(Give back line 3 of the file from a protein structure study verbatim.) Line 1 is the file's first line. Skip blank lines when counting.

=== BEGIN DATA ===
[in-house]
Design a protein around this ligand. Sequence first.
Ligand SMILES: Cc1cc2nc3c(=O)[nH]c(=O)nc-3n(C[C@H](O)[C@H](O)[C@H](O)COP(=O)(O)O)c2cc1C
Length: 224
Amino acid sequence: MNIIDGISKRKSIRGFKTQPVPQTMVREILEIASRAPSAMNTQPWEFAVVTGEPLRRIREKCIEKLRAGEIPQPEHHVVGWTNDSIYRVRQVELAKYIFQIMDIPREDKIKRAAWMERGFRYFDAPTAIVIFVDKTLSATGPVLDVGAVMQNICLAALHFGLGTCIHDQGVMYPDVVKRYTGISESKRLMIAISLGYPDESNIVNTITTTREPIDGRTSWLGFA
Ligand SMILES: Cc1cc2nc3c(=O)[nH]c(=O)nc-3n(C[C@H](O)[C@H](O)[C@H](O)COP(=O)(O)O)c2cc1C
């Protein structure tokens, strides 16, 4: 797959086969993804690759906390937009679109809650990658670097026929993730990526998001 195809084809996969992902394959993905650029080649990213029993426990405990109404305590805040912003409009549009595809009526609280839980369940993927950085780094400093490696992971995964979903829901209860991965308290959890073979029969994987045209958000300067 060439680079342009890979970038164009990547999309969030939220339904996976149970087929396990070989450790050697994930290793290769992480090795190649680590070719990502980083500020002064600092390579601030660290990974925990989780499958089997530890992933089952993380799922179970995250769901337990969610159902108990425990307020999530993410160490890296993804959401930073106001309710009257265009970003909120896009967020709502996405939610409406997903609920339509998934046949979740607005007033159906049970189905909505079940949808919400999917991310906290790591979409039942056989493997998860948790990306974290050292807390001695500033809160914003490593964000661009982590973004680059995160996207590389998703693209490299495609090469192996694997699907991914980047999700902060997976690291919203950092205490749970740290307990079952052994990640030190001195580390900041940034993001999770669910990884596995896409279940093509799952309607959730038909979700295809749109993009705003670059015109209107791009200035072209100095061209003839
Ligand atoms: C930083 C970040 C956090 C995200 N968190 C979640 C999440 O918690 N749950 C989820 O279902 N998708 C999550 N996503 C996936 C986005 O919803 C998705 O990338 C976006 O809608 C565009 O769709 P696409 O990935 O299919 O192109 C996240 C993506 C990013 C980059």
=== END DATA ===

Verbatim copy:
Ligand SMILES: Cc1cc2nc3c(=O)[nH]c(=O)nc-3n(C[C@H](O)[C@H](O)[C@H](O)COP(=O)(O)O)c2cc1C